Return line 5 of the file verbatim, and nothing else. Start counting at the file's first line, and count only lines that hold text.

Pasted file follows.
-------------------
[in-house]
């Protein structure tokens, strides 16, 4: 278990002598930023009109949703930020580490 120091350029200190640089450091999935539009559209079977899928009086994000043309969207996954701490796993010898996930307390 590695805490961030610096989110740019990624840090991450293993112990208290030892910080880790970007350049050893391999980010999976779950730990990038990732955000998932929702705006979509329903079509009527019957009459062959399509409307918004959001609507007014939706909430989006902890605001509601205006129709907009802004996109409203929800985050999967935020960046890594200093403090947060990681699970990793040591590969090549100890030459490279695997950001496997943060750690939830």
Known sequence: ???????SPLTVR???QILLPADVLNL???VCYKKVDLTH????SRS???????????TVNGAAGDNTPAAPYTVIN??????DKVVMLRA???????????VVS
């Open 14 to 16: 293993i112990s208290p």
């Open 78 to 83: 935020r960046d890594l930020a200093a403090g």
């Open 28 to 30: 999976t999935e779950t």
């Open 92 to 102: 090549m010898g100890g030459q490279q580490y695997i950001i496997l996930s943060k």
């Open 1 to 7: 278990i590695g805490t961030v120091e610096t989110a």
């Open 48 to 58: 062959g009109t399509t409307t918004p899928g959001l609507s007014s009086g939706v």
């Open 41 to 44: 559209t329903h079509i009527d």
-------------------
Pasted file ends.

């Open 78 to 83: 935020r960046d890594l930020a200093a403090g």